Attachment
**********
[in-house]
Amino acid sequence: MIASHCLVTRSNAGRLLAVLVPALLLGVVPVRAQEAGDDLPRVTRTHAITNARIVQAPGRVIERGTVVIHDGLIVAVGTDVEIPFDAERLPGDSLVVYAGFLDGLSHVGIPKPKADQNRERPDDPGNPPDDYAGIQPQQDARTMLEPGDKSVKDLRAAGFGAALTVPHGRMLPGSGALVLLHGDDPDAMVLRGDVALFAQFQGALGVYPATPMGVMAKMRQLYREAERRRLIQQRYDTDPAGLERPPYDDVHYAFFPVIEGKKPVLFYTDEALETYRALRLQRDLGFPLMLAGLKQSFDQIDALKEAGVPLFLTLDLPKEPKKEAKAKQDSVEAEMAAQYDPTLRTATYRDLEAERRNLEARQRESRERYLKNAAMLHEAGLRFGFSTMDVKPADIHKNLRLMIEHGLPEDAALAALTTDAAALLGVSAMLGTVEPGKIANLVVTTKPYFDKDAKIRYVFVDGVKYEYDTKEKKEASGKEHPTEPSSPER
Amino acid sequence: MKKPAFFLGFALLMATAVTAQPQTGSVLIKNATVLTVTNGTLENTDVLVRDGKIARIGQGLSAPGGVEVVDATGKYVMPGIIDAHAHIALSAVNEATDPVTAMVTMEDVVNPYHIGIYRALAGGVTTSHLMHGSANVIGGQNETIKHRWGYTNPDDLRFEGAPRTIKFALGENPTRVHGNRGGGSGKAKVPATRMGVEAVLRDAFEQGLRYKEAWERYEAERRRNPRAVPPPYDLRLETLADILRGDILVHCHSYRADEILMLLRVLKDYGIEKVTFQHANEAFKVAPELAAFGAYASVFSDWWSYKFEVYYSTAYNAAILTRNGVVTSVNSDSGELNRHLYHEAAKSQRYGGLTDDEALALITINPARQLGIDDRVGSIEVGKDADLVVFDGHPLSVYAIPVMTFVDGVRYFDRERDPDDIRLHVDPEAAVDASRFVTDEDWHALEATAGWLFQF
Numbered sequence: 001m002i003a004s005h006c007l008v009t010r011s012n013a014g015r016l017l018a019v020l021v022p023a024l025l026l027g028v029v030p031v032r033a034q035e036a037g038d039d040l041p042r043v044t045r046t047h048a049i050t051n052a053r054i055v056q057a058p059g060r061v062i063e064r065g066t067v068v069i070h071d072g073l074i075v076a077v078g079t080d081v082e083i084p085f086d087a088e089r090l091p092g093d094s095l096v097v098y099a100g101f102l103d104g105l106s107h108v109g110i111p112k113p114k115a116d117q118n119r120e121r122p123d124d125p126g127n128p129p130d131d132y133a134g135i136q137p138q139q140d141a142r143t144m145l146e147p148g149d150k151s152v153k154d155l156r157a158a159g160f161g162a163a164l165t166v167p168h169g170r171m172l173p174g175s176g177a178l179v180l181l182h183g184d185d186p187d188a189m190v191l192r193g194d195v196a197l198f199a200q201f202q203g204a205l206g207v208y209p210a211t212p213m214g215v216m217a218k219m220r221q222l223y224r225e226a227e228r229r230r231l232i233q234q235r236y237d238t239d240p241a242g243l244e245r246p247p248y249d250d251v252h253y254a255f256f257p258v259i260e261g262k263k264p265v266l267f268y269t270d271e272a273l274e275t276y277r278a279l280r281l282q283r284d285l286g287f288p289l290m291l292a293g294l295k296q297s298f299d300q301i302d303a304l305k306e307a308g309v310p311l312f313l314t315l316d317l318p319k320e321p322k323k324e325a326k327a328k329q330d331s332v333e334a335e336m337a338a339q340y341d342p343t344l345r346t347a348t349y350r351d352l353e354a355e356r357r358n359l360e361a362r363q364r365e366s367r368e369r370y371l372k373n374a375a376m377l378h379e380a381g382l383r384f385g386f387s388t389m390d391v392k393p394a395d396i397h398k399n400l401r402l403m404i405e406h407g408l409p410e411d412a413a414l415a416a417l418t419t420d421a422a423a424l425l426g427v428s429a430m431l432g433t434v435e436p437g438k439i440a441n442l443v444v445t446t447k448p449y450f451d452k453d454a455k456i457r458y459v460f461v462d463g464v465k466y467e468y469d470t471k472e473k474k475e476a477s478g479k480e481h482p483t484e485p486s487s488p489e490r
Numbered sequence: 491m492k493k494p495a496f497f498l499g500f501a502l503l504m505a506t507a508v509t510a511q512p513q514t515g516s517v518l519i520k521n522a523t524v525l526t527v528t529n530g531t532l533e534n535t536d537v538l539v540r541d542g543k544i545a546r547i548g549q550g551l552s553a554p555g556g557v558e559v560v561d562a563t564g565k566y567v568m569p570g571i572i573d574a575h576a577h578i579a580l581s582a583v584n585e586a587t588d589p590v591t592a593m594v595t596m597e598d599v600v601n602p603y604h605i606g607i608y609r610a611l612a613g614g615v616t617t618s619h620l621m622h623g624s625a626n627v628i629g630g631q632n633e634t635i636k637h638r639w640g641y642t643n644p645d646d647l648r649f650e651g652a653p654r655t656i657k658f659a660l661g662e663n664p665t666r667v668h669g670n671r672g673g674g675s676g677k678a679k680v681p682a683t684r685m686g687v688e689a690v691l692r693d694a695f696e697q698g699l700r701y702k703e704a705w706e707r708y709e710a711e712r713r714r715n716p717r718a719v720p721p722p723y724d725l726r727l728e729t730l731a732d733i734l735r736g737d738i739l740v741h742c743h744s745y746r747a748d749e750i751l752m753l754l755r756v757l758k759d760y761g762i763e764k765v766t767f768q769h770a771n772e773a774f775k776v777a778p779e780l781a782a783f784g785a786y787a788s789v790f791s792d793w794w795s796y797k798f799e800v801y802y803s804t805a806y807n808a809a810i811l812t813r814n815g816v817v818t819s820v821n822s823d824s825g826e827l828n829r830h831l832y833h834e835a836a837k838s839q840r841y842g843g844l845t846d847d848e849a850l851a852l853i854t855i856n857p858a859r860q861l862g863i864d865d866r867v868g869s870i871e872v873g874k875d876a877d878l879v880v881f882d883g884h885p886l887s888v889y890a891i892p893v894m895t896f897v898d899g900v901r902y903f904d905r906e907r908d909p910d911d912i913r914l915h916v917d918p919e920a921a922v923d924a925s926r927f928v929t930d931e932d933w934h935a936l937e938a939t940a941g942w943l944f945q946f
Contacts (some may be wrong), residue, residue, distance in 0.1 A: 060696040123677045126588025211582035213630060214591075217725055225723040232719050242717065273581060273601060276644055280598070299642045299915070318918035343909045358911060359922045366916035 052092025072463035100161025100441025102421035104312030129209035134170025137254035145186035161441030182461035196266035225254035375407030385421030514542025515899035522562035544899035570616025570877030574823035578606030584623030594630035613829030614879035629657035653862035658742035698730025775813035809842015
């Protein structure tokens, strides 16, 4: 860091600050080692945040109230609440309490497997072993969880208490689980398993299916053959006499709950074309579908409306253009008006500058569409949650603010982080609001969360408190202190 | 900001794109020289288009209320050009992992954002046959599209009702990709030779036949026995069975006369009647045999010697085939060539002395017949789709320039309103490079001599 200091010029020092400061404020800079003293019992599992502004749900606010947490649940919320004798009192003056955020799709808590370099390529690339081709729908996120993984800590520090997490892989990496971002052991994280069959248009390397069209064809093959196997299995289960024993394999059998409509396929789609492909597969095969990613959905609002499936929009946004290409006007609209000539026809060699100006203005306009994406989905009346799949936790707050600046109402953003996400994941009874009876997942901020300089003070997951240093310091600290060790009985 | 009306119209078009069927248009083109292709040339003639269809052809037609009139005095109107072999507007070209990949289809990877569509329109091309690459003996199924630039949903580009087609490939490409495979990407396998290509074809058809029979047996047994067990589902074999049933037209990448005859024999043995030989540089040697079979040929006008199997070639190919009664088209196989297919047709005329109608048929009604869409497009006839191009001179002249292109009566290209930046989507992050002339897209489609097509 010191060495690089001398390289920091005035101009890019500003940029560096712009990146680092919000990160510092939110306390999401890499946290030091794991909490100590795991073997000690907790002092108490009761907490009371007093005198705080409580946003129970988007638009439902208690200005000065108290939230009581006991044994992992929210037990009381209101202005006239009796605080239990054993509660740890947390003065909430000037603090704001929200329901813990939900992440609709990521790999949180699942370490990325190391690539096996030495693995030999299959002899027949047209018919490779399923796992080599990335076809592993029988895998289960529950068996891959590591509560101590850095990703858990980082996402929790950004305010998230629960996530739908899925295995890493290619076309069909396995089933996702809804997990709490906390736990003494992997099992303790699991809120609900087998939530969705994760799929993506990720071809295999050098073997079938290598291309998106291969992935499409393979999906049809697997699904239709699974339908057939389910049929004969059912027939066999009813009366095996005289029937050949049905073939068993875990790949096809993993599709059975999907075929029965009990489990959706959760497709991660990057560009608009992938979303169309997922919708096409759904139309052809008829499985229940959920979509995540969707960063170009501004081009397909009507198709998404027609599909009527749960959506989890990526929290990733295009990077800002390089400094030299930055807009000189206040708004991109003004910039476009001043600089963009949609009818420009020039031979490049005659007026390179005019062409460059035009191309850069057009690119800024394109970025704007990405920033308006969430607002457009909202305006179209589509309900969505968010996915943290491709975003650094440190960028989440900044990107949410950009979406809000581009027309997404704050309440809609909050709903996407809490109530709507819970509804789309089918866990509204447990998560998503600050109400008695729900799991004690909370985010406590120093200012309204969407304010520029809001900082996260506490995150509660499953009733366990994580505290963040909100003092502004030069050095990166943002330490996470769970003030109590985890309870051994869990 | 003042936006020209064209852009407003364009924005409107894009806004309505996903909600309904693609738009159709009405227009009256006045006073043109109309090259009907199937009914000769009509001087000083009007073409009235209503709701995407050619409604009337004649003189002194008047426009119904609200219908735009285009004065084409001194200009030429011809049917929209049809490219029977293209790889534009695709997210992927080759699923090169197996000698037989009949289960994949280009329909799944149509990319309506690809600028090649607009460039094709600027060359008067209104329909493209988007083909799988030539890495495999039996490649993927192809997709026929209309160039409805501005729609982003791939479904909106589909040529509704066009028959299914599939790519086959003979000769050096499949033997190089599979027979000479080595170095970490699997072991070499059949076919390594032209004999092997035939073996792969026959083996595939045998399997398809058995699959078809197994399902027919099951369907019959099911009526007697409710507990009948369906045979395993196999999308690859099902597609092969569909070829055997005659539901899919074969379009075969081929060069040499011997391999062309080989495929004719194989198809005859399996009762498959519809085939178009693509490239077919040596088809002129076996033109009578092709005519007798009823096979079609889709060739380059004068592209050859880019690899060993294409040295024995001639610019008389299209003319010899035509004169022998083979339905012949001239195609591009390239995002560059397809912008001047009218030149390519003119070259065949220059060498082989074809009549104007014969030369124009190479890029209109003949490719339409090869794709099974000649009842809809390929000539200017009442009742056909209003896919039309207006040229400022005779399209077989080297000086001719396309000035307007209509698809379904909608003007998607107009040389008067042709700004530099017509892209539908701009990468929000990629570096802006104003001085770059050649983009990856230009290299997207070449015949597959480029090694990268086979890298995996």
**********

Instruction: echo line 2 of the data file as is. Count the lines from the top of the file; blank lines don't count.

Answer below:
Amino acid sequence: MIASHCLVTRSNAGRLLAVLVPALLLGVVPVRAQEAGDDLPRVTRTHAITNARIVQAPGRVIERGTVVIHDGLIVAVGTDVEIPFDAERLPGDSLVVYAGFLDGLSHVGIPKPKADQNRERPDDPGNPPDDYAGIQPQQDARTMLEPGDKSVKDLRAAGFGAALTVPHGRMLPGSGALVLLHGDDPDAMVLRGDVALFAQFQGALGVYPATPMGVMAKMRQLYREAERRRLIQQRYDTDPAGLERPPYDDVHYAFFPVIEGKKPVLFYTDEALETYRALRLQRDLGFPLMLAGLKQSFDQIDALKEAGVPLFLTLDLPKEPKKEAKAKQDSVEAEMAAQYDPTLRTATYRDLEAERRNLEARQRESRERYLKNAAMLHEAGLRFGFSTMDVKPADIHKNLRLMIEHGLPEDAALAALTTDAAALLGVSAMLGTVEPGKIANLVVTTKPYFDKDAKIRYVFVDGVKYEYDTKEKKEASGKEHPTEPSSPER